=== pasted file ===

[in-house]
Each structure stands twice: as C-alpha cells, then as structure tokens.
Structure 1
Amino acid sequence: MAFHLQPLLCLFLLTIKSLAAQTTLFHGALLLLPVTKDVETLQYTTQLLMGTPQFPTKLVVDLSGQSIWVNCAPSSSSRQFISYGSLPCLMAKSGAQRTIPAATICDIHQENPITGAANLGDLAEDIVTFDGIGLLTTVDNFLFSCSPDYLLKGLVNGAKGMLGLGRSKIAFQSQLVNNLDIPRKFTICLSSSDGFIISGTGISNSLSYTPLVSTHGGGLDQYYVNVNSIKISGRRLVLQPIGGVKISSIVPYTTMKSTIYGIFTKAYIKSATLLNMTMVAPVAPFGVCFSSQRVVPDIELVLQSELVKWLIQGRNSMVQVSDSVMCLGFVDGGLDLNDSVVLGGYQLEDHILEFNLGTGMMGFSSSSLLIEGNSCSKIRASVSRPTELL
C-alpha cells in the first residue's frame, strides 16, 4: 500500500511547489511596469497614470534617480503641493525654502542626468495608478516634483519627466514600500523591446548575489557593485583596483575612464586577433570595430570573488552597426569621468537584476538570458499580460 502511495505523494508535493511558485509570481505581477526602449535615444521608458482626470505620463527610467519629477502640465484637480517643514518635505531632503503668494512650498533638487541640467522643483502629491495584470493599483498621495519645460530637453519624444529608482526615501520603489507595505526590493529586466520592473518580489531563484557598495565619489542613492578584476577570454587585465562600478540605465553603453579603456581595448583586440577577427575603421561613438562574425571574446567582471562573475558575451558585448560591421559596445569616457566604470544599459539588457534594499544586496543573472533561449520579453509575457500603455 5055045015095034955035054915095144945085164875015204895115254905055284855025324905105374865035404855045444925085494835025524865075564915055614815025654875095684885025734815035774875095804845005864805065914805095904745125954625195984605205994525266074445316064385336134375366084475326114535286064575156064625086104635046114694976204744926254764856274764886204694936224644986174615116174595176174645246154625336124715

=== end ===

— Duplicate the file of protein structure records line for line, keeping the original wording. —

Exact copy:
[in-house]
Each structure stands twice: as C-alpha cells, then as structure tokens.
Structure 1
Amino acid sequence: MAFHLQPLLCLFLLTIKSLAAQTTLFHGALLLLPVTKDVETLQYTTQLLMGTPQFPTKLVVDLSGQSIWVNCAPSSSSRQFISYGSLPCLMAKSGAQRTIPAATICDIHQENPITGAANLGDLAEDIVTFDGIGLLTTVDNFLFSCSPDYLLKGLVNGAKGMLGLGRSKIAFQSQLVNNLDIPRKFTICLSSSDGFIISGTGISNSLSYTPLVSTHGGGLDQYYVNVNSIKISGRRLVLQPIGGVKISSIVPYTTMKSTIYGIFTKAYIKSATLLNMTMVAPVAPFGVCFSSQRVVPDIELVLQSELVKWLIQGRNSMVQVSDSVMCLGFVDGGLDLNDSVVLGGYQLEDHILEFNLGTGMMGFSSSSLLIEGNSCSKIRASVSRPTELL
C-alpha cells in the first residue's frame, strides 16, 4: 500500500511547489511596469497614470534617480503641493525654502542626468495608478516634483519627466514600500523591446548575489557593485583596483575612464586577433570595430570573488552597426569621468537584476538570458499580460 502511495505523494508535493511558485509570481505581477526602449535615444521608458482626470505620463527610467519629477502640465484637480517643514518635505531632503503668494512650498533638487541640467522643483502629491495584470493599483498621495519645460530637453519624444529608482526615501520603489507595505526590493529586466520592473518580489531563484557598495565619489542613492578584476577570454587585465562600478540605465553603453579603456581595448583586440577577427575603421561613438562574425571574446567582471562573475558575451558585448560591421559596445569616457566604470544599459539588457534594499544586496543573472533561449520579453509575457500603455 5055045015095034955035054915095144945085164875015204895115254905055284855025324905105374865035404855045444925085494835025524865075564915055614815025654875095684885025734815035774875095804845005864805065914805095904745125954625195984605205994525266074445316064385336134375366084475326114535286064575156064625086104635046114694976204744926254764856274764886204694936224644986174615116174595176174645246154625336124715